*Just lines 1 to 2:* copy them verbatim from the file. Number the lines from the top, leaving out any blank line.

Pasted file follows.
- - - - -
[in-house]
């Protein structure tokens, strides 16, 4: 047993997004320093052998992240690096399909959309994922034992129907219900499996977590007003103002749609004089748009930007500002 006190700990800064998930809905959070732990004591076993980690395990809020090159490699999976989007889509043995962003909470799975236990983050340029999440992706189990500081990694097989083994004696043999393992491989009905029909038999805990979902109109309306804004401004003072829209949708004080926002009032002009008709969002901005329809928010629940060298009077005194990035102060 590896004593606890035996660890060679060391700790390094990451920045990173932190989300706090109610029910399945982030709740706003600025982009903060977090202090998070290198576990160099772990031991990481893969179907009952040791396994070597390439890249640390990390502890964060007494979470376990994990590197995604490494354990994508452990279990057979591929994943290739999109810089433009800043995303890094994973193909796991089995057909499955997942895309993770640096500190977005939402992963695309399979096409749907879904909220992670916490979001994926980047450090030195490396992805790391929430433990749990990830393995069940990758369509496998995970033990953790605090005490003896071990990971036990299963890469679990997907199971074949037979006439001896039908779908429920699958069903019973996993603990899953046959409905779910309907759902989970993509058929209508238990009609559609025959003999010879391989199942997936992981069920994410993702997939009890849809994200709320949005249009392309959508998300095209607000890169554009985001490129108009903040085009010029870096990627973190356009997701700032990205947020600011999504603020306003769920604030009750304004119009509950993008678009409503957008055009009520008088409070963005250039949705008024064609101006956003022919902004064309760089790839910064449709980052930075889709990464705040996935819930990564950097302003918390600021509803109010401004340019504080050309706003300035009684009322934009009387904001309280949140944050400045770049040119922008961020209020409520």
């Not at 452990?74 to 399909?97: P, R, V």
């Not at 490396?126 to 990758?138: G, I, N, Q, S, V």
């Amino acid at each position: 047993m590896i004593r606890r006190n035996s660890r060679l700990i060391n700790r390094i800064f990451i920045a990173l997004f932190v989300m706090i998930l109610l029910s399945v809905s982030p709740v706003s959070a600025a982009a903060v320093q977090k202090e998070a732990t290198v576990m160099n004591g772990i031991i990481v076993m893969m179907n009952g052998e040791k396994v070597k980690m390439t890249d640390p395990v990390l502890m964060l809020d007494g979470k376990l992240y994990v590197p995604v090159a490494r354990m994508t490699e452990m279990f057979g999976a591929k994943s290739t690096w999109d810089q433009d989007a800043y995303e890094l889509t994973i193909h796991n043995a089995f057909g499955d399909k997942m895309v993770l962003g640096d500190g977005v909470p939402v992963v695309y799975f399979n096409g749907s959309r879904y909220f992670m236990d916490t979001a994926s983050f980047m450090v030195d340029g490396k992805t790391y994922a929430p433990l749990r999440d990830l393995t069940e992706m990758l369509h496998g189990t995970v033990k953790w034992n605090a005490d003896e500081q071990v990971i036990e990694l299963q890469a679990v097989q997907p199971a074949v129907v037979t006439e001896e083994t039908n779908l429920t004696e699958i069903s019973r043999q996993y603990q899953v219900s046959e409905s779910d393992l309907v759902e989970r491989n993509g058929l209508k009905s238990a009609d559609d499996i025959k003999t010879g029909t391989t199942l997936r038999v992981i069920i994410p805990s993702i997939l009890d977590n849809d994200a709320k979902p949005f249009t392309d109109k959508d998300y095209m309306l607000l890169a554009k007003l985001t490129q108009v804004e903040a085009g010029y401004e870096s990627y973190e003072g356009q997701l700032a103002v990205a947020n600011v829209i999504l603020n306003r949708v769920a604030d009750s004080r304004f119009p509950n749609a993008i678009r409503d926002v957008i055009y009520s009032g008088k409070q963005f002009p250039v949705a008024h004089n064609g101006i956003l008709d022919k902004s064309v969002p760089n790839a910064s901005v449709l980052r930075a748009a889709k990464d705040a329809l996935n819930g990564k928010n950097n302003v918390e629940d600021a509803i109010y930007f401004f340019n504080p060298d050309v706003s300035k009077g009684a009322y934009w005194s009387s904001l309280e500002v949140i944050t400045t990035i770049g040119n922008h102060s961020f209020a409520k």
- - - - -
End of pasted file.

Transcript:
[in-house]
């Protein structure tokens, strides 16, 4: 047993997004320093052998992240690096399909959309994922034992129907219900499996977590007003103002749609004089748009930007500002 006190700990800064998930809905959070732990004591076993980690395990809020090159490699999976989007889509043995962003909470799975236990983050340029999440992706189990500081990694097989083994004696043999393992491989009905029909038999805990979902109109309306804004401004003072829209949708004080926002009032002009008709969002901005329809928010629940060298009077005194990035102060 590896004593606890035996660890060679060391700790390094990451920045990173932190989300706090109610029910399945982030709740706003600025982009903060977090202090998070290198576990160099772990031991990481893969179907009952040791396994070597390439890249640390990390502890964060007494979470376990994990590197995604490494354990994508452990279990057979591929994943290739999109810089433009800043995303890094994973193909796991089995057909499955997942895309993770640096500190977005939402992963695309399979096409749907879904909220992670916490979001994926980047450090030195490396992805790391929430433990749990990830393995069940990758369509496998995970033990953790605090005490003896071990990971036990299963890469679990997907199971074949037979006439001896039908779908429920699958069903019973996993603990899953046959409905779910309907759902989970993509058929209508238990009609559609025959003999010879391989199942997936992981069920994410993702997939009890849809994200709320949005249009392309959508998300095209607000890169554009985001490129108009903040085009010029870096990627973190356009997701700032990205947020600011999504603020306003769920604030009750304004119009509950993008678009409503957008055009009520008088409070963005250039949705008024064609101006956003022919902004064309760089790839910064449709980052930075889709990464705040996935819930990564950097302003918390600021509803109010401004340019504080050309706003300035009684009322934009009387904001309280949140944050400045770049040119922008961020209020409520």